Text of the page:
I am so glad that I decided not to go through with it. I still have nose envy over some people, but I would look ridiculous if I had their noses. If I had a different nose, I think I would feel the need to change my personality to match, and I’m not up for that. I love my broken nose and myself just the way we are.

Have you ever thought about plastic surgery for an insecurity? Have you gotten plastic surgery? Were you going to but never went through with it? Tell me in the comments!
 

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  • Giulia

    Thank you so much for this. I’ve a crooked nose and recently I think to do surgery, but I want to be Giulia, to be myself and no one else. So I started to love my crooked nose that makes me unique!

    Ps: you’re so beautiful!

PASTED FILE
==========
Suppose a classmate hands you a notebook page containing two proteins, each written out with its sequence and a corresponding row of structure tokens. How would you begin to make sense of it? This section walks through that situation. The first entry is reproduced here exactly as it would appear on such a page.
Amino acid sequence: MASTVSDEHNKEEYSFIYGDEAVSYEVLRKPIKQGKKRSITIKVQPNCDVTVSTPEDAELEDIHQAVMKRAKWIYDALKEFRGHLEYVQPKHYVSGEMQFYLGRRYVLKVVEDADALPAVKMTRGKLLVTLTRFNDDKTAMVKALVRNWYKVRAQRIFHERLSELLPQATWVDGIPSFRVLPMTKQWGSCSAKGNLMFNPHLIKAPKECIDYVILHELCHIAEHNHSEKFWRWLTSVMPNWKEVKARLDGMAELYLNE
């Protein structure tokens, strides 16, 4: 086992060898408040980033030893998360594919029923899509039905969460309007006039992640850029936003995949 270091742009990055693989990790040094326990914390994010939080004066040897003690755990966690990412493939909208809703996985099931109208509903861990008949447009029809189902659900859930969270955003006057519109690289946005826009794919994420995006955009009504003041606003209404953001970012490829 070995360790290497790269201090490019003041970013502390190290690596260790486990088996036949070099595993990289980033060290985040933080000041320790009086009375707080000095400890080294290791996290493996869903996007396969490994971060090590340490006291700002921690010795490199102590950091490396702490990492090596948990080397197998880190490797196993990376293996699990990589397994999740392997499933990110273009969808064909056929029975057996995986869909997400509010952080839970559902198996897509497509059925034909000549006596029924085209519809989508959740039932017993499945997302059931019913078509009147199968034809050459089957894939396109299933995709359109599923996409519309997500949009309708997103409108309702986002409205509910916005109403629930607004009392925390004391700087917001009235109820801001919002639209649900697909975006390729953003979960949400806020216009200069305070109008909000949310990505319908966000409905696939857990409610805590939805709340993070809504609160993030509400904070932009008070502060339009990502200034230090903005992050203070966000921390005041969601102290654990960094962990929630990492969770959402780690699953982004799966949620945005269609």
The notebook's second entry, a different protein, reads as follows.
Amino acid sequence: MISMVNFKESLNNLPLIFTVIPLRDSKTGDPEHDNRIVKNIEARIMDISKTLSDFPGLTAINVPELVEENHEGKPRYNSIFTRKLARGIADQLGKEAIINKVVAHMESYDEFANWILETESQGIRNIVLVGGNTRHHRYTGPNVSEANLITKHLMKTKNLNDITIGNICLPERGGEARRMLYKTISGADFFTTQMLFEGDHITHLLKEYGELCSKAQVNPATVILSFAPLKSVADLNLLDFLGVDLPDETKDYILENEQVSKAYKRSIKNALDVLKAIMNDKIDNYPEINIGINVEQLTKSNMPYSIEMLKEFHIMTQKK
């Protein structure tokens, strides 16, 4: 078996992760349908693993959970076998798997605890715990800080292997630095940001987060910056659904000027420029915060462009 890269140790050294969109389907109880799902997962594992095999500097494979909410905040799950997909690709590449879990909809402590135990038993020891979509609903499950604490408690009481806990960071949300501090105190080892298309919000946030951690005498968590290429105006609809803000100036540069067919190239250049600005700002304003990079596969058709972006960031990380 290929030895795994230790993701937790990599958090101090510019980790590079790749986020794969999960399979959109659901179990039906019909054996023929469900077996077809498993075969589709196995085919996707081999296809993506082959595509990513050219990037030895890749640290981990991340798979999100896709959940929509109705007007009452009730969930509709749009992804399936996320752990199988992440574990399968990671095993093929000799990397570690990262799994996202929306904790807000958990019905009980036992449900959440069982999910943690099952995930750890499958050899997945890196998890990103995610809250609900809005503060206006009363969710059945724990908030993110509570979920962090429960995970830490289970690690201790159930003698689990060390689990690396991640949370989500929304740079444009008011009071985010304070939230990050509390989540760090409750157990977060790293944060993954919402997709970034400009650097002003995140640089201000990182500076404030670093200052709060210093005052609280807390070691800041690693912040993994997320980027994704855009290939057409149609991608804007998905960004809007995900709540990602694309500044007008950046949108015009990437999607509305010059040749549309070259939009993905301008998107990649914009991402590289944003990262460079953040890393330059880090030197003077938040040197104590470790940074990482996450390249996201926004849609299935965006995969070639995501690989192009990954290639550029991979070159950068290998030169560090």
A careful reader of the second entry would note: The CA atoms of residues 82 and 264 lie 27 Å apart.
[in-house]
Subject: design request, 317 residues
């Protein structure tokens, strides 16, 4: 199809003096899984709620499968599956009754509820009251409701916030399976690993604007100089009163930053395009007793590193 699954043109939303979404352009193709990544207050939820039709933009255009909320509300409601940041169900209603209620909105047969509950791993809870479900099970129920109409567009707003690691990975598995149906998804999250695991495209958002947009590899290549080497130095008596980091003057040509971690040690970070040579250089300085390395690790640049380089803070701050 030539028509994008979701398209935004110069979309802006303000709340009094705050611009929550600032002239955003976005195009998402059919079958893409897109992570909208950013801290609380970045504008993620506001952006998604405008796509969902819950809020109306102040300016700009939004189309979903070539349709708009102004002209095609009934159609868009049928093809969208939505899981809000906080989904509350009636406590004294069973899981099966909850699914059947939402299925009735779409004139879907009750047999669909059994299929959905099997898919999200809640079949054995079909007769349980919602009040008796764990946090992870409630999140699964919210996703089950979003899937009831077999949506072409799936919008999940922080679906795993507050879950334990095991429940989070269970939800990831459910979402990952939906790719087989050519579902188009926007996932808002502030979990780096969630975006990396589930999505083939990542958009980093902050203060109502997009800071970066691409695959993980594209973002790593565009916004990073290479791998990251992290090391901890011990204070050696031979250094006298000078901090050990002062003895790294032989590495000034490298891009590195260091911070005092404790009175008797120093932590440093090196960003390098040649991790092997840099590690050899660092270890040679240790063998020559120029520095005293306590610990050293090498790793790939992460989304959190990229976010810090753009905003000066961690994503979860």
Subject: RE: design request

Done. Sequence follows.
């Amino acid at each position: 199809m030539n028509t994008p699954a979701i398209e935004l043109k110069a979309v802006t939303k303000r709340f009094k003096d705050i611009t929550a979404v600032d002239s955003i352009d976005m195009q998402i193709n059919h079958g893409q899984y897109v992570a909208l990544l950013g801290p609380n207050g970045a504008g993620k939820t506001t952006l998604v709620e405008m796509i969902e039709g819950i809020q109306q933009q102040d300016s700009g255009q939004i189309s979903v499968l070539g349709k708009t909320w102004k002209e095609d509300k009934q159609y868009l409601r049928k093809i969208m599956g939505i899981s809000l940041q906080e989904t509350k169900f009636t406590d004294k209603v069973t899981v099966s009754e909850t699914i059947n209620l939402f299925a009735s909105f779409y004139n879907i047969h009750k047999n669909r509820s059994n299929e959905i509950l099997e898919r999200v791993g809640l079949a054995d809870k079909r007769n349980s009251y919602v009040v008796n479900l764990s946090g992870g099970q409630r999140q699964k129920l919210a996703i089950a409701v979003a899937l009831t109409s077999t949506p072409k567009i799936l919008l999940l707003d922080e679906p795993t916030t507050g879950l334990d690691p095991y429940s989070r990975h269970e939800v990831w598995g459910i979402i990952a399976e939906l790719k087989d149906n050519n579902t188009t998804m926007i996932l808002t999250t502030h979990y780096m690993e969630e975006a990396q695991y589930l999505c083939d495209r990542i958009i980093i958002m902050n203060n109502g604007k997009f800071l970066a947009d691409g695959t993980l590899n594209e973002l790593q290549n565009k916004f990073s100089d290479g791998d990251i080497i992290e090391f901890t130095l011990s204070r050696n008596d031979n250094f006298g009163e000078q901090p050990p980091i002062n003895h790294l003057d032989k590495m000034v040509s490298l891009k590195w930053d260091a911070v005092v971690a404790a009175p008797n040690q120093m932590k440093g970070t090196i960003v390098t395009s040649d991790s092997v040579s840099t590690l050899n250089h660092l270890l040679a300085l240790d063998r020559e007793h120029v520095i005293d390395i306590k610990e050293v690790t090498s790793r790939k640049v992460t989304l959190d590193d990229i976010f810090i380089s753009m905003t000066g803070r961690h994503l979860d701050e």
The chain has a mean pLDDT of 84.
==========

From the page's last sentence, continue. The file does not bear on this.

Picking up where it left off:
http://passionecosmesi.blogspot.it

  • gnarly old man

    i waited far too long to get my extra big nose made good looking .
    i was fifty for the first , and the hacker-quack, butchered the job. doing a minimum of work! leaving me still big with out bump.

    i waited 5 more years hating my nose before i found a compliant able doctor!!

    i was tired of them minimilest liying to me , think skin, un-realsitic expations, good candidate for suergy.
    i interviewed 30 l.a . nose job hackers ..

    i was rather discusted with all the butchers remarks and there inability to preforme.

    superizingly on a trip to tia juanna mx .i interviewed a doctor~~
    Manuel Gutierrez Romero, MD ~~who swore he could do as i wished and did indeed make my nose to my specifications with out fail nor any complications…